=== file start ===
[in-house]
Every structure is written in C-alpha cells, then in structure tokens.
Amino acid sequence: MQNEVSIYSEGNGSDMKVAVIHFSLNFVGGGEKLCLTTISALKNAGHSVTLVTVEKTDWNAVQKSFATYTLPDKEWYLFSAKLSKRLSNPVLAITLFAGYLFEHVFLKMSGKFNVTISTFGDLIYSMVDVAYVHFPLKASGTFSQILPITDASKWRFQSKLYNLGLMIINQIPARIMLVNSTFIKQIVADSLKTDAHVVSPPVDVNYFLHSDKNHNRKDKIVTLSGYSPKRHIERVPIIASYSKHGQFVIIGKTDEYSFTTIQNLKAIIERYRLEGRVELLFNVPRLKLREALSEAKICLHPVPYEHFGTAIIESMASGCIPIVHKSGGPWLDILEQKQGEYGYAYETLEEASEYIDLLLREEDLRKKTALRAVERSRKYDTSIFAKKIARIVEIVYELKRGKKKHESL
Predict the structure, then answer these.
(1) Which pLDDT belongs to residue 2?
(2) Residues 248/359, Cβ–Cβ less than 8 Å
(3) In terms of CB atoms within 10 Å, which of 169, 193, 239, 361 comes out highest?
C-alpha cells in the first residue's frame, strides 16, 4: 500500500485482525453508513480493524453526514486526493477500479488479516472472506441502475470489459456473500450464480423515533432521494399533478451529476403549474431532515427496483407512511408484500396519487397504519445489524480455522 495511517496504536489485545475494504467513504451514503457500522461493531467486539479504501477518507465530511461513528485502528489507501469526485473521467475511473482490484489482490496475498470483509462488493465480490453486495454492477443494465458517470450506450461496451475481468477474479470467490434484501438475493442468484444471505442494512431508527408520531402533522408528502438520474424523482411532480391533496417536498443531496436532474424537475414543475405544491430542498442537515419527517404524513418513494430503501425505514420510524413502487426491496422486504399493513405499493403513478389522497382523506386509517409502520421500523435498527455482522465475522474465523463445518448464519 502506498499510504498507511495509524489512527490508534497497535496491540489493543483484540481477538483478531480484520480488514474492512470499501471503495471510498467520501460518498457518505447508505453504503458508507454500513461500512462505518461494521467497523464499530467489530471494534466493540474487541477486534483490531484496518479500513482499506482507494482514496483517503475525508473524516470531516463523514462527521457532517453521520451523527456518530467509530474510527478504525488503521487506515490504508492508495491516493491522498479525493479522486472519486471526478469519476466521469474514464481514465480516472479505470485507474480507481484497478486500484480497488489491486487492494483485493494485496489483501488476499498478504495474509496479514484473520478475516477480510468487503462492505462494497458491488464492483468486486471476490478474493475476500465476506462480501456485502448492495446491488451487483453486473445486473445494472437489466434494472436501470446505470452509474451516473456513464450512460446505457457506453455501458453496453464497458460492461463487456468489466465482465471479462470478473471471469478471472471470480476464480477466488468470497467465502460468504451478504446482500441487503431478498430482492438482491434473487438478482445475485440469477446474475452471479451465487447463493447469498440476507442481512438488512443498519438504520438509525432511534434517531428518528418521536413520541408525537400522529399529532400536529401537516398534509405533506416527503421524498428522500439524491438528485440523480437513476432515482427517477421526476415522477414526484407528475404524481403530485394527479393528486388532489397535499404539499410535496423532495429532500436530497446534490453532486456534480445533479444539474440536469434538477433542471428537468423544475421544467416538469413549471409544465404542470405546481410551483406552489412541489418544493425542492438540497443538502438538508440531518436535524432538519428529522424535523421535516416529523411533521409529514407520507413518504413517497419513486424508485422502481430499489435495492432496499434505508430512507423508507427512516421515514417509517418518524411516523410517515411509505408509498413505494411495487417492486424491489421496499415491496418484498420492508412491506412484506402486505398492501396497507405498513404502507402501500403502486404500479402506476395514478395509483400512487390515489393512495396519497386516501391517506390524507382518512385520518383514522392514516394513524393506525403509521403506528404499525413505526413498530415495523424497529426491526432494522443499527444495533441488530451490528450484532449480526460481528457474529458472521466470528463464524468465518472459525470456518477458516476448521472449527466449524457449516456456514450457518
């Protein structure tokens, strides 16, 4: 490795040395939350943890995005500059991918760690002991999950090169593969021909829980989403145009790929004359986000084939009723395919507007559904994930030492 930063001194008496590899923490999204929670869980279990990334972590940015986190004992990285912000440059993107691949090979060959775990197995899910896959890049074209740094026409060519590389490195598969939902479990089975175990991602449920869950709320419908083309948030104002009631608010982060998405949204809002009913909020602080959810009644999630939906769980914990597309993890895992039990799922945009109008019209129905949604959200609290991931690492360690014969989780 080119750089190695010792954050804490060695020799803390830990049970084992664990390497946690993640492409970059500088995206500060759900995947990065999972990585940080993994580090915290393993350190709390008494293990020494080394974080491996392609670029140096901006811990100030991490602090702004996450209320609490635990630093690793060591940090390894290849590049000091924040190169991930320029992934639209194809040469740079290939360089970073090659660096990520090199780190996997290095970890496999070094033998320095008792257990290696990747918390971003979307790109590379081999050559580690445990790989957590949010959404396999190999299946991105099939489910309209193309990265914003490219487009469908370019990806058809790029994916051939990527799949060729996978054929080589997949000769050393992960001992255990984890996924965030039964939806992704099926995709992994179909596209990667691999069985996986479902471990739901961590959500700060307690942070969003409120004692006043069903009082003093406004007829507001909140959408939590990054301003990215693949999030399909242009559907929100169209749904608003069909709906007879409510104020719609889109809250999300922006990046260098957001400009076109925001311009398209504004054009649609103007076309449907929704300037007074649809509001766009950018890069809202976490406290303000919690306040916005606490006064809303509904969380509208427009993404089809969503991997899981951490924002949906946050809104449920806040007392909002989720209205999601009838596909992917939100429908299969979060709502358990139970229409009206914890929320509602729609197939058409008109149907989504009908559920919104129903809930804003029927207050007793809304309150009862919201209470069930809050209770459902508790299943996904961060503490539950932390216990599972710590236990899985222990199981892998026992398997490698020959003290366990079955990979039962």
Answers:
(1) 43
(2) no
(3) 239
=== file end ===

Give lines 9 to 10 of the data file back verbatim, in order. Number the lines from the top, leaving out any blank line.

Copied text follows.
């Protein structure tokens, strides 16, 4: 490795040395939350943890995005500059991918760690002991999950090169593969021909829980989403145009790929004359986000084939009723395919507007559904994930030492 930063001194008496590899923490999204929670869980279990990334972590940015986190004992990285912000440059993107691949090979060959775990197995899910896959890049074209740094026409060519590389490195598969939902479990089975175990991602449920869950709320419908083309948030104002009631608010982060998405949204809002009913909020602080959810009644999630939906769980914990597309993890895992039990799922945009109008019209129905949604959200609290991931690492360690014969989780 080119750089190695010792954050804490060695020799803390830990049970084992664990390497946690993640492409970059500088995206500060759900995947990065999972990585940080993994580090915290393993350190709390008494293990020494080394974080491996392609670029140096901006811990100030991490602090702004996450209320609490635990630093690793060591940090390894290849590049000091924040190169991930320029992934639209194809040469740079290939360089970073090659660096990520090199780190996997290095970890496999070094033998320095008792257990290696990747918390971003979307790109590379081999050559580690445990790989957590949010959404396999190999299946991105099939489910309209193309990265914003490219487009469908370019990806058809790029994916051939990527799949060729996978054929080589997949000769050393992960001992255990984890996924965030039964939806992704099926995709992994179909596209990667691999069985996986479902471990739901961590959500700060307690942070969003409120004692006043069903009082003093406004007829507001909140959408939590990054301003990215693949999030399909242009559907929100169209749904608003069909709906007879409510104020719609889109809250999300922006990046260098957001400009076109925001311009398209504004054009649609103007076309449907929704300037007074649809509001766009950018890069809202976490406290303000919690306040916005606490006064809303509904969380509208427009993404089809969503991997899981951490924002949906946050809104449920806040007392909002989720209205999601009838596909992917939100429908299969979060709502358990139970229409009206914890929320509602729609197939058409008109149907989504009908559920919104129903809930804003029927207050007793809304309150009862919201209470069930809050209770459902508790299943996904961060503490539950932390216990599972710590236990899985222990199981892998026992398997490698020959003290366990079955990979039962």
Answers: